Interview: Roman Berry and Natali Servat, Little Did I Know

Written by Doc Andersen-Bloomfield, Little Did I Know is the story of a young girl, Aaneseh, who escapes from war-torn Syria by pretending to be a boy, and sets out for England. From Yarl’s Wood Detention and Removal Centre, she recounts her journey and the people she met along the way. The play, voted one of the top 3 in The Bread and Roses Theatre Playwriting Award 2016/2017, opens this week and runs until Saturday.

Little did I Know is a beautifully written piece, full of compassion and humour,” says director Roman Berry. “The Syrian Civil War started eight years ago and it has created this ongoing humanitarian disaster and there doesn’t seem to be an end to it. I hope that by telling Aaneseh’s narrative, it sheds a light on the current issue of the refugee crisis. Little Did I Know‘s themes of innocence, identity, humanity and survival reflect the refugees’ plight, and it needs to be shared and talked about. Theatre, after all, acts as a cultural space where society examines itself in a mirror and all of us certainly need to reflect and further act on this humanitarian disaster.”

Photo credit: Izzy Romilly

For Natali Servat, who plays Aaneseh in the one-woman show, her story also resonates on a personal level. “I am the child of refugees, so it’s a subject matter that has always affected me and meant a great deal to me,” she says. “It’s such an important story to tell for obvious reasons. People are dying every day as a result of a war that is incredibly hard to fully understand, and that has spiraled out of control. It’s important to remind people that Aaneseh’s story and the journey she is on is not by any means a rarity, it’s one which thousands of people go through each day, not only from Syria.

“I hope people will come out of Little Did I Know having a better understanding of the situation and recognising themselves in Aaneseh. It feels like such a stupid thing to say because it’s so obvious in a way, but these people are not any different to us and if we were faced with the same decisions to make, our choices wouldn’t be much different. We would all want to be met by support and love on the other side, especially after having lost everything and endured trauma that will follow you forever.”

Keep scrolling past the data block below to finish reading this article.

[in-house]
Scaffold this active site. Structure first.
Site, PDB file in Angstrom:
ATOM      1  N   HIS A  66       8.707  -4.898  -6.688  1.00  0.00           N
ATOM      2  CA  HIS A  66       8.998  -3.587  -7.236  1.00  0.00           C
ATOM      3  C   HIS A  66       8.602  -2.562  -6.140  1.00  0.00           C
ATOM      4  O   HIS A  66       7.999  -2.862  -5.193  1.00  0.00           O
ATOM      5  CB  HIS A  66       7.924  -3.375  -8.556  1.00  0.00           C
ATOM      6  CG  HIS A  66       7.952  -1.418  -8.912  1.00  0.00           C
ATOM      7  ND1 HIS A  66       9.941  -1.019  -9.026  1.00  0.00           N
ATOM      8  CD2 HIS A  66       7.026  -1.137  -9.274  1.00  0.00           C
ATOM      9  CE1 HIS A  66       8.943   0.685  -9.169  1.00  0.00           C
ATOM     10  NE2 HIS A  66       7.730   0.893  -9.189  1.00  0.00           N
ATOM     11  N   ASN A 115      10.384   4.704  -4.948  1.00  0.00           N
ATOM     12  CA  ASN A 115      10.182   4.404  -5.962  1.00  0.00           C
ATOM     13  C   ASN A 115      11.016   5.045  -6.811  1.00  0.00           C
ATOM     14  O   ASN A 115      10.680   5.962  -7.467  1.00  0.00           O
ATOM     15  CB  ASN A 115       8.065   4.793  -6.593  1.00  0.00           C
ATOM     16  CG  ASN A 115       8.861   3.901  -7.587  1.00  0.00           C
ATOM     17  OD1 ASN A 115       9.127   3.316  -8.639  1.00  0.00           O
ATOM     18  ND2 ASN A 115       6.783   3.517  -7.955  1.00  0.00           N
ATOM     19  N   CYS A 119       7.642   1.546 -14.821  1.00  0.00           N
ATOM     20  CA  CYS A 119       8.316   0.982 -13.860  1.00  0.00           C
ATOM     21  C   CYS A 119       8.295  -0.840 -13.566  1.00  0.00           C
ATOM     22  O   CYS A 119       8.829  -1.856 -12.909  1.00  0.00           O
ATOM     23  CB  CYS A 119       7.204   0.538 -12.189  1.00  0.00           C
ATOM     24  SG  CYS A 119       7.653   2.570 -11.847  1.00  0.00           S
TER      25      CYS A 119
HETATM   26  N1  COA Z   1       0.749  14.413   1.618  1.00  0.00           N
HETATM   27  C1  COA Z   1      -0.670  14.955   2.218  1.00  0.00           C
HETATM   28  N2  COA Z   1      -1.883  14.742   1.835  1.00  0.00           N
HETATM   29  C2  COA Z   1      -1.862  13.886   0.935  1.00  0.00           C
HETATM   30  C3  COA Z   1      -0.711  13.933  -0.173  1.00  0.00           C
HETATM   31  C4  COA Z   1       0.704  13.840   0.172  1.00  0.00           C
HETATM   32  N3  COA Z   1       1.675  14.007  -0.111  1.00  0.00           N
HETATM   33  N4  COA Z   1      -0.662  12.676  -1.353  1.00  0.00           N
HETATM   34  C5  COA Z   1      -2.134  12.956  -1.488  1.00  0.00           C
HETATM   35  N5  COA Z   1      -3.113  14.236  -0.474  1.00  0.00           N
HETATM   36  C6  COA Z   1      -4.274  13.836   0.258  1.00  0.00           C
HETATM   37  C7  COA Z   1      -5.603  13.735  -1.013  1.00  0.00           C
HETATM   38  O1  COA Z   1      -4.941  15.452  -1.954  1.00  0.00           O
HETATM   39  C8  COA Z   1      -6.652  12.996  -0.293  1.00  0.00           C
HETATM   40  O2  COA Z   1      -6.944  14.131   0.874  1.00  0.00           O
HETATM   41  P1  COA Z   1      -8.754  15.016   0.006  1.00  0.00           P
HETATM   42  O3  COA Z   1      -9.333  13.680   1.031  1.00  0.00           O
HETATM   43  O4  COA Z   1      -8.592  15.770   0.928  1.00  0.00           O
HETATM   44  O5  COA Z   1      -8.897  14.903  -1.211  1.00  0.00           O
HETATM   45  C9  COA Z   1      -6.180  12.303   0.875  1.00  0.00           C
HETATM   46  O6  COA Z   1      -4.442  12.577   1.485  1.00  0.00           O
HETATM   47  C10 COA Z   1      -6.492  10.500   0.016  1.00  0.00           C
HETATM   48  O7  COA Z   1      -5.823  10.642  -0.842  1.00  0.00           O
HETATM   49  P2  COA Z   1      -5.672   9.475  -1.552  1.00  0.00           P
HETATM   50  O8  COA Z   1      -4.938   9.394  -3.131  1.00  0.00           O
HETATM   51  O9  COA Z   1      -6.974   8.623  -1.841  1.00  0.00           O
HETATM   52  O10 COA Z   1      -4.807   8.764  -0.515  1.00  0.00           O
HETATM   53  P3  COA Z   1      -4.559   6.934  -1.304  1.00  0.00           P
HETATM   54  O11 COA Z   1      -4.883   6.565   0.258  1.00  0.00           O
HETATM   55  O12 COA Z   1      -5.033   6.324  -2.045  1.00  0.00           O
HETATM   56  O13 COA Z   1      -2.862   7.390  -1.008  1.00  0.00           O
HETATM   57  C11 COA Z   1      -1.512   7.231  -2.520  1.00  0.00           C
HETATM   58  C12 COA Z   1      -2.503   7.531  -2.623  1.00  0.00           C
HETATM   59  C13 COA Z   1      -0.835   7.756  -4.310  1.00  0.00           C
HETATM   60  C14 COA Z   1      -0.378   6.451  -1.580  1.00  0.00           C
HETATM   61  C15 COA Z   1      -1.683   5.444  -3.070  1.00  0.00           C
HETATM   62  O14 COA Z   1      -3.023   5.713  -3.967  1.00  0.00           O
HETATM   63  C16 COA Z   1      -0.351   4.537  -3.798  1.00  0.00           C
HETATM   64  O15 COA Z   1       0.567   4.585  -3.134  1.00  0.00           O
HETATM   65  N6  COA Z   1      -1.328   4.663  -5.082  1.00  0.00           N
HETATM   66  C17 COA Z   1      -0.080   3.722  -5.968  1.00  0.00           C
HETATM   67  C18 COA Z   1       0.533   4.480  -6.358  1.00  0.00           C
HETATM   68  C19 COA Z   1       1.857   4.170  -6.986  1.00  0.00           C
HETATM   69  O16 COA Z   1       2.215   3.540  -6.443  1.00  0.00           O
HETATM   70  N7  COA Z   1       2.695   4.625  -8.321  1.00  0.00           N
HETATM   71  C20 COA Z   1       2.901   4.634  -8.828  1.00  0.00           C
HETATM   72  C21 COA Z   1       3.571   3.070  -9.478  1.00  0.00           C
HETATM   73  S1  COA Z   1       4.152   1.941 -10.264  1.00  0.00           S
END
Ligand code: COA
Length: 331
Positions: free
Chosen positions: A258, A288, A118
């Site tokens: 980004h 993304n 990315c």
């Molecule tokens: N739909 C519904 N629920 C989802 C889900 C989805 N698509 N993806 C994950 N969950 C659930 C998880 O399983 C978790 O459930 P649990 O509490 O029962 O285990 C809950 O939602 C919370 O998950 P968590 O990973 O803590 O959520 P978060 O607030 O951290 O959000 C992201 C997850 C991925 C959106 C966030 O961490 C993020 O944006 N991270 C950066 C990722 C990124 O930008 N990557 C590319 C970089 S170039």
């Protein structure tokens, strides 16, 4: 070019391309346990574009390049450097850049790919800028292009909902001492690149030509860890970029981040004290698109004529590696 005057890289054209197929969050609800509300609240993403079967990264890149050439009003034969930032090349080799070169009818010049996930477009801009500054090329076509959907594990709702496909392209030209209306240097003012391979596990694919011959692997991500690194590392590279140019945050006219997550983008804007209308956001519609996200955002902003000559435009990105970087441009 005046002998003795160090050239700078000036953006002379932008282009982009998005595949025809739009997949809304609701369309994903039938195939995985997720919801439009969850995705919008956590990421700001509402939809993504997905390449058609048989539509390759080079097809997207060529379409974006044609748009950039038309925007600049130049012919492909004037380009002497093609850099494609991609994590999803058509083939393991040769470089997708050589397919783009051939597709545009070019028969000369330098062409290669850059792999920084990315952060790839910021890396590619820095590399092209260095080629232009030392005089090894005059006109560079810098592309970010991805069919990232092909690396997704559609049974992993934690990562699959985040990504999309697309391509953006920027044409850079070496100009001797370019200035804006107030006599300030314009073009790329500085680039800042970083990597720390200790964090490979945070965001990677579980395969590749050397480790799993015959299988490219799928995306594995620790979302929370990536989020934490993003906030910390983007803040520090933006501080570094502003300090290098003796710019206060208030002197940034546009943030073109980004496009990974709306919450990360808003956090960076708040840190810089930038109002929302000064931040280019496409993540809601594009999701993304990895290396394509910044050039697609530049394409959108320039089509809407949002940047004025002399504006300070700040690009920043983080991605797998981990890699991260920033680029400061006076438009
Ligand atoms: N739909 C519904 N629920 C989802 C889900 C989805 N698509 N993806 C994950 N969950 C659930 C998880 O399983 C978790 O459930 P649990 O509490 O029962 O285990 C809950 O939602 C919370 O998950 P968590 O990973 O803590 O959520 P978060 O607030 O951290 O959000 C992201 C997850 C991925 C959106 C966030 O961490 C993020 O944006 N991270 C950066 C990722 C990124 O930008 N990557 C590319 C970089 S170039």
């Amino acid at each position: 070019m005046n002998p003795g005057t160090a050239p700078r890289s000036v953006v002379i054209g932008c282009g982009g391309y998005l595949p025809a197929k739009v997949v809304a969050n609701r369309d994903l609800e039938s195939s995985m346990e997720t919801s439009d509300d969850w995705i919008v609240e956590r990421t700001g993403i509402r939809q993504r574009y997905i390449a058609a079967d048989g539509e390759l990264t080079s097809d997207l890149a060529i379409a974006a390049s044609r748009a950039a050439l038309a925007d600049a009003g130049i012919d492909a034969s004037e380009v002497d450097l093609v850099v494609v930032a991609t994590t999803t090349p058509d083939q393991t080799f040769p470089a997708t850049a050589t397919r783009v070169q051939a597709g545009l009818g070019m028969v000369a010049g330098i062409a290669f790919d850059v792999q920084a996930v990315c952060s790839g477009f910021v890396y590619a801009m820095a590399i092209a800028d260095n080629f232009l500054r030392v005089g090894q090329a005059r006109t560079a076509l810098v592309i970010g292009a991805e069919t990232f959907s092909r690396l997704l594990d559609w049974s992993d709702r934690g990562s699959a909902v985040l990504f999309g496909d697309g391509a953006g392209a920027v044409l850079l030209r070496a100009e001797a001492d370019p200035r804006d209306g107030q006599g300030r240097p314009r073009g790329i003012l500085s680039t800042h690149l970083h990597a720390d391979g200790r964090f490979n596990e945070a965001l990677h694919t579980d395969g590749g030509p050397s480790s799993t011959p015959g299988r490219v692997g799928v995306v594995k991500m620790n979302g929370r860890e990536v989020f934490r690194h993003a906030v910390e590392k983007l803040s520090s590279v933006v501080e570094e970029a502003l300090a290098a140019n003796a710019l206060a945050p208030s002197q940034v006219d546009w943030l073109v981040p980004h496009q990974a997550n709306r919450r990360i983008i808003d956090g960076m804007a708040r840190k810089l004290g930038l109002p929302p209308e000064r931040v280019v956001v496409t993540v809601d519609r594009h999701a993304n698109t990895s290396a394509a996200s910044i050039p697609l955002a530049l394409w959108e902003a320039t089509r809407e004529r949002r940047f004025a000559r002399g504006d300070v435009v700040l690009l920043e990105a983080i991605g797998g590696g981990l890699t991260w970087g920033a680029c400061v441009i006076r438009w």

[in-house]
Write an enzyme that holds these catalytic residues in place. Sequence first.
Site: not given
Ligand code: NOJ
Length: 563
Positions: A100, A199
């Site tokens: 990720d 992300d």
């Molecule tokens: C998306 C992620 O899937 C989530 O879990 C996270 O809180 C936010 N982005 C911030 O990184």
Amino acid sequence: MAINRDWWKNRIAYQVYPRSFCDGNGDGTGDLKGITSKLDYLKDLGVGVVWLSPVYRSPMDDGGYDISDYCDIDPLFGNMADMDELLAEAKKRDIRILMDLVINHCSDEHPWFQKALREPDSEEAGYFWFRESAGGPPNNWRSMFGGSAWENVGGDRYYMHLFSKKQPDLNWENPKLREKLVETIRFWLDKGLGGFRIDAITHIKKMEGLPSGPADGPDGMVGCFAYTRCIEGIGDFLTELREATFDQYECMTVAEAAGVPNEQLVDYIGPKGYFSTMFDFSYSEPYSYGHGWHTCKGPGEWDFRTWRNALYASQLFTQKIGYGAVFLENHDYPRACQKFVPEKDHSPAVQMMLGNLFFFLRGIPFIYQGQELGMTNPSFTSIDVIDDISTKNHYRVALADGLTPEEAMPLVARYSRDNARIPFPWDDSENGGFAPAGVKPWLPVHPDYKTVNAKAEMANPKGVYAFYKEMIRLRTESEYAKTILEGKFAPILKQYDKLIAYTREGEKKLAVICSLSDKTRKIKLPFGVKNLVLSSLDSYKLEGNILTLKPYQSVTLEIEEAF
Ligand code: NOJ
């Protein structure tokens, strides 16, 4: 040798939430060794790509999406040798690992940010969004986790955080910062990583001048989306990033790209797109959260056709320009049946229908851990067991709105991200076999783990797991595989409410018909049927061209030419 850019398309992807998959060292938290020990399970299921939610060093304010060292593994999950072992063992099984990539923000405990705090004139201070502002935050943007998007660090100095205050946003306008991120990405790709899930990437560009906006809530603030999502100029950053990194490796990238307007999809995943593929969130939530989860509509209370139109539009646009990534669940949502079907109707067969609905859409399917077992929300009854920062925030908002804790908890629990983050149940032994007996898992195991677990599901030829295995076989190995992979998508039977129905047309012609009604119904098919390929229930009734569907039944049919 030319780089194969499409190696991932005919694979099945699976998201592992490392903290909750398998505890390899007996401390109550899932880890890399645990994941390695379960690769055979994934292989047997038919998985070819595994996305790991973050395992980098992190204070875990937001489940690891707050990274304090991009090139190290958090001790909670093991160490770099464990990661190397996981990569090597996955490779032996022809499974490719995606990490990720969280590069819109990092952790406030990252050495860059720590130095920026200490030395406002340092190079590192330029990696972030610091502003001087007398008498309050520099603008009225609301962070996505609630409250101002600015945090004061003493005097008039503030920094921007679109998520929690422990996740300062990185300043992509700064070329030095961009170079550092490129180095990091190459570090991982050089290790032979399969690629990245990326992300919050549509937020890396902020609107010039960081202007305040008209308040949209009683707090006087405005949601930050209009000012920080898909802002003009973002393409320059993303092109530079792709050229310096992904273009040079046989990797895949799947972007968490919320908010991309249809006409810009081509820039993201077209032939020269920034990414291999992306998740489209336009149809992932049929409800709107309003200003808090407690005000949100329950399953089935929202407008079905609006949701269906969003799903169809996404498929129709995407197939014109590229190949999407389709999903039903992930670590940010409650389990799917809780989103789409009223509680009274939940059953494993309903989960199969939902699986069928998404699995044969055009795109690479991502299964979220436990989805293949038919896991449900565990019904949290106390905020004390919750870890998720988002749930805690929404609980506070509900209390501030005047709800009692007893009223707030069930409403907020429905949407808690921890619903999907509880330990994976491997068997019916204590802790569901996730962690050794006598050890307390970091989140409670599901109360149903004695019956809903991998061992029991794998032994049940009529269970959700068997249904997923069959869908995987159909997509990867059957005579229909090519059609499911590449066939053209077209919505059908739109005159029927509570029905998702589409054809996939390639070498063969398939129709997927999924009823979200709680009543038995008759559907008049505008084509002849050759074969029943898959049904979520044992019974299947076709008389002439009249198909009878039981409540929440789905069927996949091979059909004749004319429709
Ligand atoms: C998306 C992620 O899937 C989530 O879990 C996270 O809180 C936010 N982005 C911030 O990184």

The play charts Aanaseh’s journey as she sets out in search of safety, freedom and independence, growing along the way into a courageous young woman. “I love playing Aaneseh because she is such a complex and varied character to play,” says Natali. “We follow her during different stages of her early life, at first when she’s still a teenage girl living in Syria with a lot of her childlike innocence still intact. Later on, as she’s pretending to be a boy, something that she has to try and completely immerse herself into due to the fear of what might happen if the young men in the lorry she’s traveling in ever find out that she’s a girl. And ultimately, as the strong young woman she becomes, who has endured far more than she could have ever imagined. I love her strength, her determination, her ability to adapt, her generosity, and humanity. And the fact that she never gives up on her dreams. She fights till the very end and she never takes the easy way out, even though ‘easier’ paths present themselves during the journey. She is someone I would aspire to be.

“It’s a very interesting and emotionally complex journey to go on as an actor, not to mention physically as well. It’s also interesting to see the dichotomy between how she interacts with her family and later on in a collective of boys. It’s during this transition that she starts to understand that there are differences, some unfair ones, between boys and girls that she hadn’t fully realised before.”

Photo credit: Izzy Romilly

“I admire Aaneseh’s wit, defiance and survival instinct,” adds Roman. “Don’t mess with Aaneseh, I say.”

As difficult as the subject matter undoubtedly is, Roman has found working on the play a rewarding and eye-opening experience. “A lot of our primary research is in the writing itself,” he explains. “Doc Andersen-Bloomfield’s play has specified links to media footage and news articles, so it was a good place to start. Doc’s writing also allowed us to try out different forms. There are elements in the piece to try out music, movement and mix media to challenge our creative minds. Also collaborating with wonderful designers, like original music composed solely for Little Did I Know by Elliot Clay and other wonderful creatives. And with Natali’s ‘no fuss, focused, head down, let’s just do it’ approach to negotiating scenes, I definitely learnt a lot about the current refugee crisis and had so much fun throughout developing this challenging play on its feet.”

He’s honoured, too, to be directing one of the top 3 plays in last year’s Bread and Roses Theatre Playwriting Award: “The Award is such a great vehicle for any writers who wants to have their stories developed and shown as a professional production. Directing a piece from the Top 3 play has been a wonderful experience. Kudos to The Bread and Roses Theatre for this opportunity.”

Little Did I Know is at the Bread and Roses Theatre until 10th February.

Can’t see the map on iPhone? Try turning your phone to landscape and that should sort it. I don’t know why but I’m working on it… 😉

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